COMMENTARY

Why Patients Won't Fill Your Prescriptions

Charles P. Vega, MD

Disclosures

September 02, 2014

In This Article

Clinical Pearls

• During the period from 2007 to 2008, nearly one half of Americans received a prescription for medications in the past month. Nonetheless, previous research demonstrates that many of these prescriptions are never filled. The current study reports a primary nonadherence rate of 31%.

• Variables associated with higher rates of medication nonadherence in the current study included younger patient age, more expensive medications, a greater total of medications prescribed, and more severe chronic illness.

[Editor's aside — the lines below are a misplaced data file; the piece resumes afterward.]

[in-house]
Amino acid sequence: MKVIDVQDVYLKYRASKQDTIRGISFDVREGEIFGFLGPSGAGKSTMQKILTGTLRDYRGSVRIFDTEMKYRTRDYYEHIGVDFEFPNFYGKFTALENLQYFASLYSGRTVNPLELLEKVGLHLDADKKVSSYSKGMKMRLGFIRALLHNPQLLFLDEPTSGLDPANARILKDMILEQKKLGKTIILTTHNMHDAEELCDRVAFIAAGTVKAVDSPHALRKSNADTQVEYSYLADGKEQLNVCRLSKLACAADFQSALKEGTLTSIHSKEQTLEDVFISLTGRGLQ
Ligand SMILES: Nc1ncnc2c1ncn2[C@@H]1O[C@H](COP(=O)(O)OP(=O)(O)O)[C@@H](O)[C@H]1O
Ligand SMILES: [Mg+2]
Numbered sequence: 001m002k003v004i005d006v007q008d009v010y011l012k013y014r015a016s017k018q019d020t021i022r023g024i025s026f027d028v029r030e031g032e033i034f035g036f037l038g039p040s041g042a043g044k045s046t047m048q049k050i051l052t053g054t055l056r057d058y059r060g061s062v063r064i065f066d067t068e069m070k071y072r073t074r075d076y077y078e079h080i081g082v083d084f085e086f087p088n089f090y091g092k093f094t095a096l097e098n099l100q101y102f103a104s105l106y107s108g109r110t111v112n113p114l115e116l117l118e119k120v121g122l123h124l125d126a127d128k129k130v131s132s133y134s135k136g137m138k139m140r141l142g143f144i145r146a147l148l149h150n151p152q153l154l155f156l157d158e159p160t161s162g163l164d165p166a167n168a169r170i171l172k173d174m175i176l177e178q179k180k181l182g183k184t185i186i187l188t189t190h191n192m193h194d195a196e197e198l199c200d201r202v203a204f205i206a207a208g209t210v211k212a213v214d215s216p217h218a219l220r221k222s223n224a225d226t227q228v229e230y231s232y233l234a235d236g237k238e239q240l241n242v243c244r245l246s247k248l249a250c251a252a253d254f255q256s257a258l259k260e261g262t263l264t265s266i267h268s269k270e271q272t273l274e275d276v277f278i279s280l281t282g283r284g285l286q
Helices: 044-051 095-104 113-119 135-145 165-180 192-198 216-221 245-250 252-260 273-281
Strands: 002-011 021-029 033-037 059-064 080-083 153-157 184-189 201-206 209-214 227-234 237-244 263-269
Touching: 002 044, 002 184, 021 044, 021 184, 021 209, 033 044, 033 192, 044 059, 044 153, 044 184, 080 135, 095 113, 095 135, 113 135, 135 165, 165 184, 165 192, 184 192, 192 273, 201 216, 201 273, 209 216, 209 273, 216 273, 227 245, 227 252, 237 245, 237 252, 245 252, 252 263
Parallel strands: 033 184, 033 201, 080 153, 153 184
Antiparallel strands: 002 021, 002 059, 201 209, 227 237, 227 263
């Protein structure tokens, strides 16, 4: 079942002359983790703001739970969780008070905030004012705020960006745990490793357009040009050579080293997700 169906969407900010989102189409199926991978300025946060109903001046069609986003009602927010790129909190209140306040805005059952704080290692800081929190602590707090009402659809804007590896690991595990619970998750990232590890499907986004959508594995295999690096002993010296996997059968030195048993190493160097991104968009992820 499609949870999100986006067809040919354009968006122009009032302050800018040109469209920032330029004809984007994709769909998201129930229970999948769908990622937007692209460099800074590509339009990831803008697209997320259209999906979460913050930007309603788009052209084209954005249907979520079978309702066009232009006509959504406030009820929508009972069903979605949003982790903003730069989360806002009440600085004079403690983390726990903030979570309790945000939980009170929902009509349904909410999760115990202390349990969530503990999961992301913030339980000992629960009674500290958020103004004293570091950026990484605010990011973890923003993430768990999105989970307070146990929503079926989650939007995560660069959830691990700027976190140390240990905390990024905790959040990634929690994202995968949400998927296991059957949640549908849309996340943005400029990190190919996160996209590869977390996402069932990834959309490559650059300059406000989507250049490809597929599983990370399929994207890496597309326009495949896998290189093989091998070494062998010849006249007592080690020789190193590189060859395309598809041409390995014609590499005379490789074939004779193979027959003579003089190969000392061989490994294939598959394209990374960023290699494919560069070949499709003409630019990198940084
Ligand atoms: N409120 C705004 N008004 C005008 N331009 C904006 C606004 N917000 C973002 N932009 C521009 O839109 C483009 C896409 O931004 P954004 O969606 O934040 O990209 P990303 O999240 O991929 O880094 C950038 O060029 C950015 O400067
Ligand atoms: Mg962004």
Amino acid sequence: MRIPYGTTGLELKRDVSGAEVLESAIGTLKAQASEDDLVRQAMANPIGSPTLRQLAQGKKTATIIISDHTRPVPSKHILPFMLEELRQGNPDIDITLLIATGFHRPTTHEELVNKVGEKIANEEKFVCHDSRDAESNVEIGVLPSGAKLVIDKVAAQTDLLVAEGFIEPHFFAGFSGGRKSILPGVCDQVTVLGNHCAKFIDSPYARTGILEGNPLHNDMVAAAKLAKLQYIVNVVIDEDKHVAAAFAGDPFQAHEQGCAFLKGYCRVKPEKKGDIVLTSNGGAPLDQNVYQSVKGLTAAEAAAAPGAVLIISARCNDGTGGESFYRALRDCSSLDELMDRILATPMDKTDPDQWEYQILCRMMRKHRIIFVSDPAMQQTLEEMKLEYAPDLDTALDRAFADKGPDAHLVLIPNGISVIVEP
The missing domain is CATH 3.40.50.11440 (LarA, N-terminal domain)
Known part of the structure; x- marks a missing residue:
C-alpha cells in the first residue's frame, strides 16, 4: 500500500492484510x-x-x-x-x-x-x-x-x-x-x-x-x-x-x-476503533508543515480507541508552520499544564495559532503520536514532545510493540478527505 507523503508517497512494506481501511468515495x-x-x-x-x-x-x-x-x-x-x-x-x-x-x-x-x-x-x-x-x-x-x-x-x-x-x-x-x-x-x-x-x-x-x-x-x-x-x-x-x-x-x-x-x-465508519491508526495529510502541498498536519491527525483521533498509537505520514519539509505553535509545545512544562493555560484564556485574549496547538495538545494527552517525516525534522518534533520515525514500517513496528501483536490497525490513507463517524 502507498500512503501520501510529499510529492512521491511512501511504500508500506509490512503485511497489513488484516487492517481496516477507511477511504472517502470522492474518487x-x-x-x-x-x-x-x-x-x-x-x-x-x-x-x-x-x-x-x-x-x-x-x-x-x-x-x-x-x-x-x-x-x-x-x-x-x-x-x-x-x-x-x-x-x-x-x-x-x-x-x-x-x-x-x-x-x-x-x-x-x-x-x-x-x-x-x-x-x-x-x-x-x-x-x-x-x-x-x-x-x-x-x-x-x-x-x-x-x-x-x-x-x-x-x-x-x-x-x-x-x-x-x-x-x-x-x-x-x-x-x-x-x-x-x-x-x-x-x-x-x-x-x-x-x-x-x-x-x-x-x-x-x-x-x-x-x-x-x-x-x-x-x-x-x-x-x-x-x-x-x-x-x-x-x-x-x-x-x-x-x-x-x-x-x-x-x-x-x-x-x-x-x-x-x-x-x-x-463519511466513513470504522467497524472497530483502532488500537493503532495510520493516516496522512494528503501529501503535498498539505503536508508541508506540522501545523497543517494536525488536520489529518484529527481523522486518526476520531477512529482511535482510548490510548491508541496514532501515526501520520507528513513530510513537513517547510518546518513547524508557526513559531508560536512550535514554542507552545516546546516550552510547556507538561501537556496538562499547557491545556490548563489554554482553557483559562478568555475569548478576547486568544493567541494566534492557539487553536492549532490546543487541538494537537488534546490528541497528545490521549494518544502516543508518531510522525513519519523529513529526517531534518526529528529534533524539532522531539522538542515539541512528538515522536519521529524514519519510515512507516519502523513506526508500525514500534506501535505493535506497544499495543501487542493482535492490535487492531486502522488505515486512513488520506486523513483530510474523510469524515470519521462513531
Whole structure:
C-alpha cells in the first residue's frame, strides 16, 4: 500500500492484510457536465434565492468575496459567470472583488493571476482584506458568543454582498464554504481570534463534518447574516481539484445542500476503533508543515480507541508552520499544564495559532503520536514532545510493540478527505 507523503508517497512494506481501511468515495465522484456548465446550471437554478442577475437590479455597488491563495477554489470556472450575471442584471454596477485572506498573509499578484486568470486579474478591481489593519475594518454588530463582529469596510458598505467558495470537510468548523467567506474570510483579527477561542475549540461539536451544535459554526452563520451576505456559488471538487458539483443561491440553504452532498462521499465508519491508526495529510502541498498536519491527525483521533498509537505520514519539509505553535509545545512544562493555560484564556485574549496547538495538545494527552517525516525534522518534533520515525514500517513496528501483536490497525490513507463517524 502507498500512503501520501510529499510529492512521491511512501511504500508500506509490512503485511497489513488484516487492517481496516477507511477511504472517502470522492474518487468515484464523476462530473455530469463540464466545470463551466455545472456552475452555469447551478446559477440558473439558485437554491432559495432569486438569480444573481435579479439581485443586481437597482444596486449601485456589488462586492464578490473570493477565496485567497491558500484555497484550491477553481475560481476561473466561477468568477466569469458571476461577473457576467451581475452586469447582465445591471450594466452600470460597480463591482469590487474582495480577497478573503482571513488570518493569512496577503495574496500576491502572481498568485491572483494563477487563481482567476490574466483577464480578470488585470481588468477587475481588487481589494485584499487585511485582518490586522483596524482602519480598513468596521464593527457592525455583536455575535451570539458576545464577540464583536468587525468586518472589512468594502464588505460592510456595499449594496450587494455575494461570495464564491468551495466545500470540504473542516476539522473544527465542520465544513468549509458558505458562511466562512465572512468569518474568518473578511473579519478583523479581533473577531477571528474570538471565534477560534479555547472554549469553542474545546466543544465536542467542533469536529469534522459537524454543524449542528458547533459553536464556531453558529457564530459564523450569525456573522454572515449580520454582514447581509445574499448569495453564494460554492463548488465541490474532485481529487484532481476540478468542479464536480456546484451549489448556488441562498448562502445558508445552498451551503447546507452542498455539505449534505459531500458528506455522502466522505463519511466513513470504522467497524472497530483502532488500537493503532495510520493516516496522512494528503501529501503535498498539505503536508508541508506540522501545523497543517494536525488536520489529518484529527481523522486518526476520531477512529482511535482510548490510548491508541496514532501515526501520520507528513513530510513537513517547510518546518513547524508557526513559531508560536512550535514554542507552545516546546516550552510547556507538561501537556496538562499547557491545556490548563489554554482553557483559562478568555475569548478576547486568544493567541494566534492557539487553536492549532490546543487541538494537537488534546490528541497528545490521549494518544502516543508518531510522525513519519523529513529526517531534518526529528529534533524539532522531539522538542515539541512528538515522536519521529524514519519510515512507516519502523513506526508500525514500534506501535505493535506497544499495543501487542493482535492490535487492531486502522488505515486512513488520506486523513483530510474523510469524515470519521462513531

• Adherence rates were higher for acute medications, such as anti-infective drugs, but were lowest for such medications as lipid-lowering therapy and thyroid medications.

• Previous research demonstrates that improving chronic medication adherence is resource-intensive and does not necessarily improve clinical outcomes. However, multidisciplinary patient care programs may help to reduce the use of unnecessary or harmful medications while promoting adherence to important drugs.

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